MAC-UK has been a pioneering force in young people’s mental health services since 2008 and they continue to grow from strength to strength. They co-produce all of their approaches with young people, treating them as experts and starting by asking them for their help rather than the other way round. The young people are an early reality check on any initiative and MAC-UK harness the expertise that springs from their lived experience as young people, in their communities, on the street, to learn what would work for them and their peers. Then they adapt their NHS practice.
Young people involved with MAC-UK always have the option to peel off into Streetherapy, which helps to deliver conventional therapy but in a highly flexible way – whatever, wherever to whoever. Most of the young people MAC-UK work alongside have little experience of talking as a therapeutic intervention, so asking direct questions like ‘do you want to talk about that?’ or ‘how did that make you feel?’ can be off-putting for them.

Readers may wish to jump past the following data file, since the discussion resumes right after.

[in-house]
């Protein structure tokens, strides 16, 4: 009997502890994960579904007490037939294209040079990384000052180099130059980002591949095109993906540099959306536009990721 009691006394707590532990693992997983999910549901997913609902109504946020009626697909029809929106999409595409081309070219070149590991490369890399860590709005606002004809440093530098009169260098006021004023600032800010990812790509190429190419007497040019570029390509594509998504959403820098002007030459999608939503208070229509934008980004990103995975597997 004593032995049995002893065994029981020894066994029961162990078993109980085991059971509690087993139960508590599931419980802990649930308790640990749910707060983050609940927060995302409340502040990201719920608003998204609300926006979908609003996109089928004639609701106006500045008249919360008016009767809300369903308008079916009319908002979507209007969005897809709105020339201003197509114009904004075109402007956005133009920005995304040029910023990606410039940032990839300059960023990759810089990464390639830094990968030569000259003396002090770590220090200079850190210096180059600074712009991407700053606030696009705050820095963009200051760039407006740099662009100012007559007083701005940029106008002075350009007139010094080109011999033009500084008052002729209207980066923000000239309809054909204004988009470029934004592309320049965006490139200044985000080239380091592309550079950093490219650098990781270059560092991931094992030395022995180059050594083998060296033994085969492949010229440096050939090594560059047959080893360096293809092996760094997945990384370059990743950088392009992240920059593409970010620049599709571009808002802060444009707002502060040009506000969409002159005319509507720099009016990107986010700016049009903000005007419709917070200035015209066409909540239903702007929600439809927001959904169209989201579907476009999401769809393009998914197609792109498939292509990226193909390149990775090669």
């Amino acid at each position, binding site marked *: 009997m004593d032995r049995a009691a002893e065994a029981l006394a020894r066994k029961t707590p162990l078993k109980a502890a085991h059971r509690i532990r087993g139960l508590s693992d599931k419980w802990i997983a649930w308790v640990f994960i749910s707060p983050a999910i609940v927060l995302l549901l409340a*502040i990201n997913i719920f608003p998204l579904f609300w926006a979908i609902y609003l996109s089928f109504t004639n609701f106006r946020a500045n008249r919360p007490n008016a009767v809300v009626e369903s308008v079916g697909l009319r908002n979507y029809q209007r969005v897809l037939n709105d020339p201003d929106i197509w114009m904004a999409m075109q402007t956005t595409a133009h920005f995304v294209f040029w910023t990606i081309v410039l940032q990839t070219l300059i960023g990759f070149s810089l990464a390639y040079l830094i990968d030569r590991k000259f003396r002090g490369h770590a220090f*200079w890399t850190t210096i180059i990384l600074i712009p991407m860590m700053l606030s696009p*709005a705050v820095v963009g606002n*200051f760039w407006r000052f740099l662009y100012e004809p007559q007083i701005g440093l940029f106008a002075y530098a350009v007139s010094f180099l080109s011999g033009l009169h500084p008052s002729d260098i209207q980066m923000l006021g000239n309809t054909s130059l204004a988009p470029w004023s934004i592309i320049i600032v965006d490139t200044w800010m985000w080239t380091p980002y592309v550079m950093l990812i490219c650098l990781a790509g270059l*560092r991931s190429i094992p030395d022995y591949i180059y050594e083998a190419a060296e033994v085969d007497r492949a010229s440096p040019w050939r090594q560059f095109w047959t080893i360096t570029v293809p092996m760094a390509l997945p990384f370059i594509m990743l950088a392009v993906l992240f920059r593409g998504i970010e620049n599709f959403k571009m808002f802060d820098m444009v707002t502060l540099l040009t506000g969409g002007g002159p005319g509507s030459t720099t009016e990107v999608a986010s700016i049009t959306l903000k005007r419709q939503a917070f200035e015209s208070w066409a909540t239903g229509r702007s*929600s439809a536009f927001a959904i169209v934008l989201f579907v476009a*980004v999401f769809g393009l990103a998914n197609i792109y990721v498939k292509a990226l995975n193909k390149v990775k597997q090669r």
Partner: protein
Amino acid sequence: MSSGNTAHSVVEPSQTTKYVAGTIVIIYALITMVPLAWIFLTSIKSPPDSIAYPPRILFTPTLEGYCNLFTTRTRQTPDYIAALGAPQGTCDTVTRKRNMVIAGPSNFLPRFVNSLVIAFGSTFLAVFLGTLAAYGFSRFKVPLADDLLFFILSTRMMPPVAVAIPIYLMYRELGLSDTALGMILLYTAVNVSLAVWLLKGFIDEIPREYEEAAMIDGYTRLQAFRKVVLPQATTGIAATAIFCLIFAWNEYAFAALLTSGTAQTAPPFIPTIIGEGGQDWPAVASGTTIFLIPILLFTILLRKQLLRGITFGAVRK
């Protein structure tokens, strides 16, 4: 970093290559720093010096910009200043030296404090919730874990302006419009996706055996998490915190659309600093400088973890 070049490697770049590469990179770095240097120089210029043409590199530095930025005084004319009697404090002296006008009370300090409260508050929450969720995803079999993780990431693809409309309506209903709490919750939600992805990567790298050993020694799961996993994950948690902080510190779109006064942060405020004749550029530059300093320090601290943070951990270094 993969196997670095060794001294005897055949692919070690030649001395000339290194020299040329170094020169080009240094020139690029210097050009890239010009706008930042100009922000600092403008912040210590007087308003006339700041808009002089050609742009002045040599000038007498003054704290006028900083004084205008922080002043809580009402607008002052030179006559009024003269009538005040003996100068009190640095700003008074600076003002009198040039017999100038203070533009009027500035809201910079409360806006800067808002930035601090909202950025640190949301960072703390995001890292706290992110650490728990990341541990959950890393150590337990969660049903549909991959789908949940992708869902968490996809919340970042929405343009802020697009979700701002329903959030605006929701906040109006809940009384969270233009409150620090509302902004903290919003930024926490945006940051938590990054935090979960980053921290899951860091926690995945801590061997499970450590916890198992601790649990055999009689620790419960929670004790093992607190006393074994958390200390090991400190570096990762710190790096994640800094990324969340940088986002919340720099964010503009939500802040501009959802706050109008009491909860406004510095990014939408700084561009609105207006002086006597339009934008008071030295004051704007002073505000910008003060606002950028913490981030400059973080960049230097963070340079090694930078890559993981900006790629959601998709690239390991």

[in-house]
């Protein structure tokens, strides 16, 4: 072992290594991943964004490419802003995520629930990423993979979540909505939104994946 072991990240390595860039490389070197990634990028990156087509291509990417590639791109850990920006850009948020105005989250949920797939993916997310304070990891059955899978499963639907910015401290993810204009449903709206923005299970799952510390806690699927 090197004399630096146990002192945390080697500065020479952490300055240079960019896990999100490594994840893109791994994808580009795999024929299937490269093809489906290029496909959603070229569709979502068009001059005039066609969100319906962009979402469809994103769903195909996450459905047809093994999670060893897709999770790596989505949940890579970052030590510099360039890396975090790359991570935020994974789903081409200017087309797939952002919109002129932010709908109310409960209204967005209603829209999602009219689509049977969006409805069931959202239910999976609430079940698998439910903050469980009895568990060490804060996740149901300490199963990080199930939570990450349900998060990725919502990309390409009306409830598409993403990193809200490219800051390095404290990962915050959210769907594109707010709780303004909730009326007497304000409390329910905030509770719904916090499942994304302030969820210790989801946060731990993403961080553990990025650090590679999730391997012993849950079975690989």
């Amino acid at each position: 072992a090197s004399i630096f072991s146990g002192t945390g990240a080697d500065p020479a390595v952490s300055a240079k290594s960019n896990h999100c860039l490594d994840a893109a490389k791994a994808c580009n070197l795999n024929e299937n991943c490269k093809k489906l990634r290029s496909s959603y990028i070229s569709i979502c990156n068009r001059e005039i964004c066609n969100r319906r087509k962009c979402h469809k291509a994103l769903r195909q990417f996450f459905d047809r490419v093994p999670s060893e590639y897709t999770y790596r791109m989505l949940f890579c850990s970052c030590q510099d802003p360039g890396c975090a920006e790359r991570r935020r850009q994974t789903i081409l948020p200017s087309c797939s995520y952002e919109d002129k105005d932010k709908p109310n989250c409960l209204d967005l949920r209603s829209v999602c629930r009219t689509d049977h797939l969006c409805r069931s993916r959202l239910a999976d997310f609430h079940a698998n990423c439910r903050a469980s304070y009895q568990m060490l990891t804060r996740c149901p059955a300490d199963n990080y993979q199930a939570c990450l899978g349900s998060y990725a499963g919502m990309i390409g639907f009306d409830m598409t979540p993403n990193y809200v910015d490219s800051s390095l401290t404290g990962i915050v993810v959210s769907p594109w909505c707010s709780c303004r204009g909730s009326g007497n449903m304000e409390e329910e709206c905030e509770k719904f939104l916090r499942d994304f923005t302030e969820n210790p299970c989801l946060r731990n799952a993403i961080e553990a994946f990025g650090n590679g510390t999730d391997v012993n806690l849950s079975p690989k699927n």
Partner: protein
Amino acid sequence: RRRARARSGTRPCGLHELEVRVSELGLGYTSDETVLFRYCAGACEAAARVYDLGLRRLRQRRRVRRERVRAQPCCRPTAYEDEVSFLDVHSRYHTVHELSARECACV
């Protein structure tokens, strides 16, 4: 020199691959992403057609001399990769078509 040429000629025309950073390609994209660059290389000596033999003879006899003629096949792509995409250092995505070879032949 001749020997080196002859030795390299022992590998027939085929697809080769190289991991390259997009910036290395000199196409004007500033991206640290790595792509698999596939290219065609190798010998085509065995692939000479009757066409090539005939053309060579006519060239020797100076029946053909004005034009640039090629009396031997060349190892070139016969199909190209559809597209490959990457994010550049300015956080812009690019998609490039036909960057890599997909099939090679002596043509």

‘Moving from seeing the young people as the object of their care and making them architects of their own support.’
Streetherapy is about bringing psychological thinking into everyday interactions. It can therefore range from having conversations on a park bench or in a café to helping a young person write their CV or accompanying them to an appointment. It is not the activity that is important but the conversations that you can have whilst completing the task at hand. By completing an activity or task, it takes the focus off the young person’s mental health and relieves the pressure of formal talking.
One of their pioneering projects, the Integrate Model, works intensively for 2 to 4 years with up to 50 young people per year. These young people are among the 5% that commit 50% of youth crime and have a history of non-engagement with existing services. By giving them the opportunity to create and own a project that they find interesting, whether that might be setting up a boxing club or DJ-ing, young people successfully engage.
Find out more about their work here.
Photo by Viviana Rishe